Social Marketing as a Framework for Youth Physical Activity Initiatives: a 10-Year Retrospective on the Legacy of CDC’s VERB Campaign

Abstract

Purpose of Review

In 2002, the U.S. Centers for Disease Control and Prevention (CDC) launched the VERB. It’s what you do! campaign to increase physical activity among tweens and concomitantly respond to the rise in childhood obesity. This retrospective study summarizes the history of the VERB campaign’s social marketing approach and its effectiveness in promoting behavior change in the targeted population.

Recent Findings

The legacy of VERB, which ended in 2006, is discussed, with an emphasis on examining initiatives over the last decade and the degree to which they followed (or did not follow) the structural and thematic lead of the campaign.

Summary

The article ends with suggestions for how VERB still has the potential to inform other social marketing campaigns going forward.

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Notes

  1. 1.

    The 5-4-3-2-1 campaign addressed five daily risk-reducing behaviors with only one of the five directly addressing physical activity. The five behaviors were eat five servings of fruits and vegetables, consume four servings of water, eat three servings of low-fat dairy, limit screen time to 2 h or less, and engage in one or more hours of physical activity.

  2. 2.

    The CATCH campaign described here was a local initiative conducted in Texas from 2009 to 2013, but it came under the umbrella of the larger CATCH program that began in the 1990s prior to the implementation of VERB [31, 32].

  3. 3.

    The reader might note we have not included discussion of some other well-known national initiatives such as First Lady Michelle Obama’s Let’s Move campaign [41] and the NFL PLAY 60 program [42]. Although they both aimed to increase physical activity among kids, neither campaign has explicitly referenced VERB as a model nor have they claimed to follow principles of social marketing.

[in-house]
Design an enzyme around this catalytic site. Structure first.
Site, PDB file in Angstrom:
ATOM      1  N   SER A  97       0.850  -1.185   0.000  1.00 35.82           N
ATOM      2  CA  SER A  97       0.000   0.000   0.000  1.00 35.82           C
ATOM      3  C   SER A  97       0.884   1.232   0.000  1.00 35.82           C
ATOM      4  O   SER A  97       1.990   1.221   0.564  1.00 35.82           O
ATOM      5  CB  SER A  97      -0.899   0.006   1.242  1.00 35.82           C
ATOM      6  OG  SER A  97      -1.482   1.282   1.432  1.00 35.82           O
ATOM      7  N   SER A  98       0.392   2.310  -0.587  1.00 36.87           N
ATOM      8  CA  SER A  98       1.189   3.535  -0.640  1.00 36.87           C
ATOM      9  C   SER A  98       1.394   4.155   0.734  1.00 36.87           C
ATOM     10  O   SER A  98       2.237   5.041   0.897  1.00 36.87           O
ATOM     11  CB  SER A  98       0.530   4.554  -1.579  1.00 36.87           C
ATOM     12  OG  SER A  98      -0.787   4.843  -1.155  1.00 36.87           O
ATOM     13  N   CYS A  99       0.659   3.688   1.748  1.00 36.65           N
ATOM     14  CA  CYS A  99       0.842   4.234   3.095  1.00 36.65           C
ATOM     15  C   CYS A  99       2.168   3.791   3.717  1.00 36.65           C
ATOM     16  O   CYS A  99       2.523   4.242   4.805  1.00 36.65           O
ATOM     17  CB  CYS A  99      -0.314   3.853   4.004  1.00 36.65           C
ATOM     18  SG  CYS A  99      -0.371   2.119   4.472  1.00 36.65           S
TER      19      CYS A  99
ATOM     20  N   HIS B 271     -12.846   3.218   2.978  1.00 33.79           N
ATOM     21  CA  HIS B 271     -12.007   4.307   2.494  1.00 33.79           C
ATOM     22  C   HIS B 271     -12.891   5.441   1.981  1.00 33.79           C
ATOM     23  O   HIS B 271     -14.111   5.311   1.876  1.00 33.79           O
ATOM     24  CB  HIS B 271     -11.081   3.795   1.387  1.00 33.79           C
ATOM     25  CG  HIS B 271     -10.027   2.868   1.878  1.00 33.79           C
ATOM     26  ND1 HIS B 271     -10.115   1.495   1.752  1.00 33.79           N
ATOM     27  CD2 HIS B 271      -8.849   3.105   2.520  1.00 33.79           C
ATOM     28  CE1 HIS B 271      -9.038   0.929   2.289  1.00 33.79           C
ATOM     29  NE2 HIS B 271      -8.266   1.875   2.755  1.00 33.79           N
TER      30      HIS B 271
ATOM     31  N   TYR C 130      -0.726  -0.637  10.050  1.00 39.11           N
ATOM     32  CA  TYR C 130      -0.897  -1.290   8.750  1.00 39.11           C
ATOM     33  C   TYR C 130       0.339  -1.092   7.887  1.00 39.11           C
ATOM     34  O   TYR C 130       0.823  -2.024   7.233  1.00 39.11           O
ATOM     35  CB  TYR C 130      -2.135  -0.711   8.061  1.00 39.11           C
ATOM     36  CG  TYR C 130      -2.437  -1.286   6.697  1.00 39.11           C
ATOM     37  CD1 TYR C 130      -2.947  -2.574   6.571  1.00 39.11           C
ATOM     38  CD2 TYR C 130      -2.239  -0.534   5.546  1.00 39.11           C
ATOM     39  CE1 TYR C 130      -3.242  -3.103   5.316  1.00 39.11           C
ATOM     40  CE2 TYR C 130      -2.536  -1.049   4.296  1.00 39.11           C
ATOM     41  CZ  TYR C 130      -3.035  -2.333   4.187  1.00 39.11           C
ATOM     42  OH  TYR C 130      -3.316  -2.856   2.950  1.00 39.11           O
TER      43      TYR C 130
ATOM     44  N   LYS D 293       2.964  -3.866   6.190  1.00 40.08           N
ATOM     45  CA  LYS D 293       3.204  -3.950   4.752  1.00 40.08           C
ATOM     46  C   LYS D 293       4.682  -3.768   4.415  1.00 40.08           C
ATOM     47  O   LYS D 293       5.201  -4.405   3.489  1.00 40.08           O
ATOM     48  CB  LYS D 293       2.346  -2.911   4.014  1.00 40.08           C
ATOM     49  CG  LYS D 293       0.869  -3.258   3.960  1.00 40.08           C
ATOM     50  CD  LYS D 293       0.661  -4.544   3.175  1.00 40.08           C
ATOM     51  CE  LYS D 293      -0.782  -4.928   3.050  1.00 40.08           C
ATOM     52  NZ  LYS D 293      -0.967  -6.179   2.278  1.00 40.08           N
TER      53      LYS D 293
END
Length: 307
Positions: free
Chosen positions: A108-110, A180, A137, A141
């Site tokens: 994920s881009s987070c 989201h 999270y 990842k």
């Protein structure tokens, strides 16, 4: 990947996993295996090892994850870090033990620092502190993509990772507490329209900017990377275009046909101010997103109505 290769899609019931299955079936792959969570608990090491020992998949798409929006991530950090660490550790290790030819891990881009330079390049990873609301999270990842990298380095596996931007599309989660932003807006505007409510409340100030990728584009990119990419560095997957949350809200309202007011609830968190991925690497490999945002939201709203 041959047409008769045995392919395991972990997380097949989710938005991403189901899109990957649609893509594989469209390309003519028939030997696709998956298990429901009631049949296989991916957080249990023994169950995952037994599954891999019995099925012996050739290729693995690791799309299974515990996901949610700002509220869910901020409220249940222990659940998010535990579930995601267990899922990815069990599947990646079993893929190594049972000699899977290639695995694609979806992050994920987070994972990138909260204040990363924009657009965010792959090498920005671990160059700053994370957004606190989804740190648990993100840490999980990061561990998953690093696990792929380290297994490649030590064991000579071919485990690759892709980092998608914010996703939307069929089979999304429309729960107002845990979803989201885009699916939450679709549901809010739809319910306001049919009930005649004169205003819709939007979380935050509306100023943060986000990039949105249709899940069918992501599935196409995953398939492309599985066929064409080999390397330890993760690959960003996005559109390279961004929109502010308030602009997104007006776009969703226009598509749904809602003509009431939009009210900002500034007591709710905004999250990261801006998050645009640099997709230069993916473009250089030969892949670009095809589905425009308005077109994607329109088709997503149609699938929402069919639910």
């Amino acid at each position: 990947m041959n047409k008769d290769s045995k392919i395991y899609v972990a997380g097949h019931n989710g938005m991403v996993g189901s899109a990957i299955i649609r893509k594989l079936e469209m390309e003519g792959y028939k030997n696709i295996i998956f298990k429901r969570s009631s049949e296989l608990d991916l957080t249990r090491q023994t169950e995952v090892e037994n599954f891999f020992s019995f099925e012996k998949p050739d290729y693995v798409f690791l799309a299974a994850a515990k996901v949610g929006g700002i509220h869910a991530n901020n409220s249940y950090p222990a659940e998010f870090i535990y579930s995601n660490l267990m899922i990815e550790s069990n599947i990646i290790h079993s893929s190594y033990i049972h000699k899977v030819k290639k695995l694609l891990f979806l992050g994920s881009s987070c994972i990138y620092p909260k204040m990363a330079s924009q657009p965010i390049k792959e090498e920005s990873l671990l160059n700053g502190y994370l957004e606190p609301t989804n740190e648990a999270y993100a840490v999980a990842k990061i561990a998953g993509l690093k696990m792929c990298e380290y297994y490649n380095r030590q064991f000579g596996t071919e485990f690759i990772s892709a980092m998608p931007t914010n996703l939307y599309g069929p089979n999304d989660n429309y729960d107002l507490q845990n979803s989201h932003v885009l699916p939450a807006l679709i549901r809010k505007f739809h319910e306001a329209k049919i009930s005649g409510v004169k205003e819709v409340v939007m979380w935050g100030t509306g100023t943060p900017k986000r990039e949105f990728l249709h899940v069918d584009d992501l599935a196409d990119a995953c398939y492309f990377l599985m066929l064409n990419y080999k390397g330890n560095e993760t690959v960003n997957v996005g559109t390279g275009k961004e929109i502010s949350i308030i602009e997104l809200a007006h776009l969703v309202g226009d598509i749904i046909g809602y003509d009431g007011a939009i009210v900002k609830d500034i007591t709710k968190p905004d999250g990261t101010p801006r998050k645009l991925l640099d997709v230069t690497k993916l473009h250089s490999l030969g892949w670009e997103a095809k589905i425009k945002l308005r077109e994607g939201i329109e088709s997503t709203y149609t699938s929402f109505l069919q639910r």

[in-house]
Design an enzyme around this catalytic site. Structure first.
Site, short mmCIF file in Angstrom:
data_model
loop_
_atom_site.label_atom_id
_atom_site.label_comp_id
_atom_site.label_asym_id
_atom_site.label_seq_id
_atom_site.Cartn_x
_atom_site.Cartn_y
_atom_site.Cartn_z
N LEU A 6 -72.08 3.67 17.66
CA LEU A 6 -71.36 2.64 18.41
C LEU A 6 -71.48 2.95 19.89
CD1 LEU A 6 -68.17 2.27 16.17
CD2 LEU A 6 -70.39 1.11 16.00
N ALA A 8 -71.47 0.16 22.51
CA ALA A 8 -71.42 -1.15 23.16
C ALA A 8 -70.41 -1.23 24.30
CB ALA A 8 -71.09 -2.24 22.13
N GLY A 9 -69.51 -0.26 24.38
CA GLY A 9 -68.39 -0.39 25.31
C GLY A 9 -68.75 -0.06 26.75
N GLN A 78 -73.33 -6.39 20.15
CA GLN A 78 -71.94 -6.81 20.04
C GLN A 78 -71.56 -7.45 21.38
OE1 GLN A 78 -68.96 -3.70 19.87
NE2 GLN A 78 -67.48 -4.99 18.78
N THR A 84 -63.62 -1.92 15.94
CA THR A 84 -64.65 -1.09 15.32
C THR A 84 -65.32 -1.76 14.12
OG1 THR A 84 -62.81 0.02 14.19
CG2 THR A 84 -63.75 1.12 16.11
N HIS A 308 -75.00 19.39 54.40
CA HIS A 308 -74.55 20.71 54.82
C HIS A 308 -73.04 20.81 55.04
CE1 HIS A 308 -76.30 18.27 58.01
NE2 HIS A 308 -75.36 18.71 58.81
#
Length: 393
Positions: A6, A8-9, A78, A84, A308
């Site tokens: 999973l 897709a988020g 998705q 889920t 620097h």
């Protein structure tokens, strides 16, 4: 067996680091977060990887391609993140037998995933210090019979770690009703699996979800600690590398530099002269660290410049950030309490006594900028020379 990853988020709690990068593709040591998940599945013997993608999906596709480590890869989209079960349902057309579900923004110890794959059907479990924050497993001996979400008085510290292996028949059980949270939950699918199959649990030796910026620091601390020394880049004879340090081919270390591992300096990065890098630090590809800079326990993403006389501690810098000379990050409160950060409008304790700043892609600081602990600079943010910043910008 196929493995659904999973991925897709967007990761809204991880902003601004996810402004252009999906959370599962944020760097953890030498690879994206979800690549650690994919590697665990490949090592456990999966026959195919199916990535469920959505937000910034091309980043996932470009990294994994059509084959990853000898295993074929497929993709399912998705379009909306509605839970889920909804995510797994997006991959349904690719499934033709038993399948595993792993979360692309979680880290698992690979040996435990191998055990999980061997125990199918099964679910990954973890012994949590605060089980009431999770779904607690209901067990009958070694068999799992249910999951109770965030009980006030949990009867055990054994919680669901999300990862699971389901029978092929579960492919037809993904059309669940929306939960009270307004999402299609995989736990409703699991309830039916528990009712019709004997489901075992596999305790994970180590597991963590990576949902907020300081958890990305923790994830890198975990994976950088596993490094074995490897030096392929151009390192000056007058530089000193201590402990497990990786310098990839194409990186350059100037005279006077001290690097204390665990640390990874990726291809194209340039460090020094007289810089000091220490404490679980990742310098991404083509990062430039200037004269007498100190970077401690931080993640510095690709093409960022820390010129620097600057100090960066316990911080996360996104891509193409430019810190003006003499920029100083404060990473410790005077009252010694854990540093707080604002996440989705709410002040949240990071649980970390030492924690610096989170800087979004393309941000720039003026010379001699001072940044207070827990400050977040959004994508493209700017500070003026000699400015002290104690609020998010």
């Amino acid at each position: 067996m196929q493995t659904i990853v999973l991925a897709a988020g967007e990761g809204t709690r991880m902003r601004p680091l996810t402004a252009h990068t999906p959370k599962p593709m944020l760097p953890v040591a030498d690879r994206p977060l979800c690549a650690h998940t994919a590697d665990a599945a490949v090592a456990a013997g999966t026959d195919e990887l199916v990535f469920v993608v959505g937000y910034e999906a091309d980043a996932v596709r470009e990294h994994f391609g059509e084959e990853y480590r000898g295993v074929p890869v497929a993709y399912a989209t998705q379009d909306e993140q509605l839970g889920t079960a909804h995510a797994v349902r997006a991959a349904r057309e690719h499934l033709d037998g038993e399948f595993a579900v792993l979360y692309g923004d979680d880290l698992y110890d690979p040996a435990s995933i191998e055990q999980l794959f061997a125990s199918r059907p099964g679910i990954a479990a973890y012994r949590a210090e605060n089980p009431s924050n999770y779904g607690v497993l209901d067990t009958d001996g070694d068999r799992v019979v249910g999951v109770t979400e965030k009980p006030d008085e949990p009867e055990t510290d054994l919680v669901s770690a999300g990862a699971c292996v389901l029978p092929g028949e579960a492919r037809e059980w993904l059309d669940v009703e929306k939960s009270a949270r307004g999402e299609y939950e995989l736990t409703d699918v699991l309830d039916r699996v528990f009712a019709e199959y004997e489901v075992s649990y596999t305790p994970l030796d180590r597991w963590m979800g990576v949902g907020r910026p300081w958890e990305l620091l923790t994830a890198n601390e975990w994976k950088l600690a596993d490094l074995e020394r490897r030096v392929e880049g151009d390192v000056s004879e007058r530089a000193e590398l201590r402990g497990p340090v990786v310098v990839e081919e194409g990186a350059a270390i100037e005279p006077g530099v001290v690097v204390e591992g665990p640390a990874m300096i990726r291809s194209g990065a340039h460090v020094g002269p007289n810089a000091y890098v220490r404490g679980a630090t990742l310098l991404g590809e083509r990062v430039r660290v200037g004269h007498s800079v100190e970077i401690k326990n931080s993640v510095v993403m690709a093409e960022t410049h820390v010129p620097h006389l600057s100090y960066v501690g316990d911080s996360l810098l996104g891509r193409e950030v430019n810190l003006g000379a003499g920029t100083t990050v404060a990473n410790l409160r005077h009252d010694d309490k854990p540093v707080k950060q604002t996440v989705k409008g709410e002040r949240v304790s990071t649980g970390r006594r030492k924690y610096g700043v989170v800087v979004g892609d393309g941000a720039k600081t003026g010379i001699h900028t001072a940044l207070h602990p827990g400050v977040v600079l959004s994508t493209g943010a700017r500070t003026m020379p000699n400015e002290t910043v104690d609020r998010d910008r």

4. 4.

    The VERB Scorecard was a wallet-sized card that offered free physical activity options for kids, and it functioned as a ticket to enter fun physical activities within communities such as public pools and skating rinks. Kids also were able to track their activities, and when they were active for a designated period of time at a sponsored venue, an adult signed one of the 24 blocks on the card. When all squares were filled, the tween could then redeem the card prizes such as beach towels and water bottles, and they also became eligible for a grand prize drawing for larger prizes such as bicycles and running shoes [43].

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Acknowledgments

This article is dedicated to the memory of Tim Edgar, PhD, who died January 2, 2017, as a result of a car accident in India. Tim was extraordinary in so many ways and his professionalism, kindness, and commitment to his students, colleagues, and friends will long be remembered and appreciated.

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Correspondence to Marian Huhman.

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Conflict of Interest

Marian Huhman, Ryan P. Kelly, and Timothy Edgar declare they have no conflict of interest.

Human and Animal Rights and Informed Consent

This article does not contain any studies with human or animal subjects performed by any of the authors.

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This article is part of the Topical Collection on Obesity Prevention

Timothy Edgar is deceased.

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Huhman, M., Kelly, R.P. & Edgar, T. Social Marketing as a Framework for Youth Physical Activity Initiatives: a 10-Year Retrospective on the Legacy of CDC’s VERB Campaign. Curr Obes Rep 6, 101–107 (2017). https://doi.org/10.1007/s13679-017-0252-0

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Keywords

  • Social marketing
  • VERB
  • CDC
  • Behavior change
  • Physical activity
  • Tweens
  • Adolescents
  • Youth
  • Kids
  • Campaigns
  • Communication
  • Product
  • Place
  • Price
  • Promotion
  • Exchange
  • Evaluation